A note from this PICU RN to the parents of my young patients:
You may never know your full impact during your time of crisis. Although it is most certainly not your intention, you are profoundly affecting those around you and your child.
When you kiss your baby as you send them into surgery, I learn about surrender and trust.
When your family suffers due to an accident, I want to strive to make the world a safer place.
When your acts of violence or cruelty sent your child into my care, I tremble in anger at injustice and ignorance.
When you educate me on the specifics of your chronically ill child, I know that every child is unique, precious, and deserves unfailing love.
When you joke with me on a night I really didn’t want to come in to work, you lighten my load.
When you incomprehensibly ask me about my day in the midst of your tragedy, you teach me about selflessness.
When your friends and family rally around you and lift you up, I see love and community in action.
When you reach for your Bible in your hour of greatest need, you point me to the Source of all hope.
When you involve me in the most intimate of goodbyes, I am humbled to be on sacred ground.
When hope is lost for your child’s life and you bring up the ultimate gift before being approached, my knees buckle in awe.
When you leave the unit with aching empty arms, I know that I must cherish every single moment with my loved ones.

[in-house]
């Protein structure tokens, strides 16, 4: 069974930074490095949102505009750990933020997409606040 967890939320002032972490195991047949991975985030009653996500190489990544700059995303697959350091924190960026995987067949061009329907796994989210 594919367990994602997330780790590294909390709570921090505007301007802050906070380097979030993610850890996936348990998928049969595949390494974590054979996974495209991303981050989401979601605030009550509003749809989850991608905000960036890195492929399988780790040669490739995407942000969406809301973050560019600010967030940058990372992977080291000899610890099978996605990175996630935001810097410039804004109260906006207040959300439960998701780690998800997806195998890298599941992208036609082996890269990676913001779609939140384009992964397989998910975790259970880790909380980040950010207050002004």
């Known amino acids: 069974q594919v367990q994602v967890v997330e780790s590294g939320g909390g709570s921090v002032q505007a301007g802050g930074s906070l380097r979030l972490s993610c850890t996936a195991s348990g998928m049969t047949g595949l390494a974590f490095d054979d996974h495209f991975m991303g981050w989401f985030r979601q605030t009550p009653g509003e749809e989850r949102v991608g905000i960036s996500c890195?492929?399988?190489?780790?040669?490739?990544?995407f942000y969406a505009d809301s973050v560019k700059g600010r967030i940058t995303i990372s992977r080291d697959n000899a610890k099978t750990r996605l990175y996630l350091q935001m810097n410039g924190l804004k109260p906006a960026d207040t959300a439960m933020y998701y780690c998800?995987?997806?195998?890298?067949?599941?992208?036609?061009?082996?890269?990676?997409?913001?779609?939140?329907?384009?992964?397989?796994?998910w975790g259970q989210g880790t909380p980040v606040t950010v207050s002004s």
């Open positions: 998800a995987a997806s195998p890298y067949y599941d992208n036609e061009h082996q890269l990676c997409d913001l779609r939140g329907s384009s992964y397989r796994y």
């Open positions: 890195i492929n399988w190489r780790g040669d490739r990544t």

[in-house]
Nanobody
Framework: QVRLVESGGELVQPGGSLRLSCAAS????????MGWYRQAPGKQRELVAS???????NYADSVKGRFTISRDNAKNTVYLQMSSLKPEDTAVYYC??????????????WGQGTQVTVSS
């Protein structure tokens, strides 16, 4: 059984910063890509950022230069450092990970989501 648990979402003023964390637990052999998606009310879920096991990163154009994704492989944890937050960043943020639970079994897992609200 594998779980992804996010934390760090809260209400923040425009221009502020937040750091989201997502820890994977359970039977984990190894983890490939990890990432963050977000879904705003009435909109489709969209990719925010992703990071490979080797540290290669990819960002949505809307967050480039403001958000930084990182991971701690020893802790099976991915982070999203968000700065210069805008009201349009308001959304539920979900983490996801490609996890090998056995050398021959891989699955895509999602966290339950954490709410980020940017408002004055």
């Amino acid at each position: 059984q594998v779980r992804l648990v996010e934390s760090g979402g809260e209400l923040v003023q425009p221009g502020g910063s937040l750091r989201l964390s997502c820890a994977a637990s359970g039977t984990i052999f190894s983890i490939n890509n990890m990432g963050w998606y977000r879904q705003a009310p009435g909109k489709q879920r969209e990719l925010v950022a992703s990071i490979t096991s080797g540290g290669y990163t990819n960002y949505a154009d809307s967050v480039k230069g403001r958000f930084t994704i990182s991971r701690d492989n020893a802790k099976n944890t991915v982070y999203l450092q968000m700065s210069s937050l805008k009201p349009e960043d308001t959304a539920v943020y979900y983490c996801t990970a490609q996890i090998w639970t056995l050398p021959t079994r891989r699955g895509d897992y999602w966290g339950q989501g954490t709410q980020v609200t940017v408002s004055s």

When you commend my co-workers, I recognize that I am shoulder-to-shoulder with greatness.
When you express gratitude for the care that I am giving, I dig deeper to give more than I knew I could.
When you send pictures of your now healthy child or stop by for a visit, I remember why I chose this profession and specialty.
Dear parents, you may never know who you are affecting in the very times that you feel the most helpless.
Often your grace and faith in those unspeakable circumstances can astound even the “seasoned” professionals surrounding you and your child. You affect us, and you affect your community.
You force us to face our worst fears and inspire us to step forward with courage into this heartbreaking but hopeful world.
Has your child ever been hospitalized? What made their stay easier or more difficult?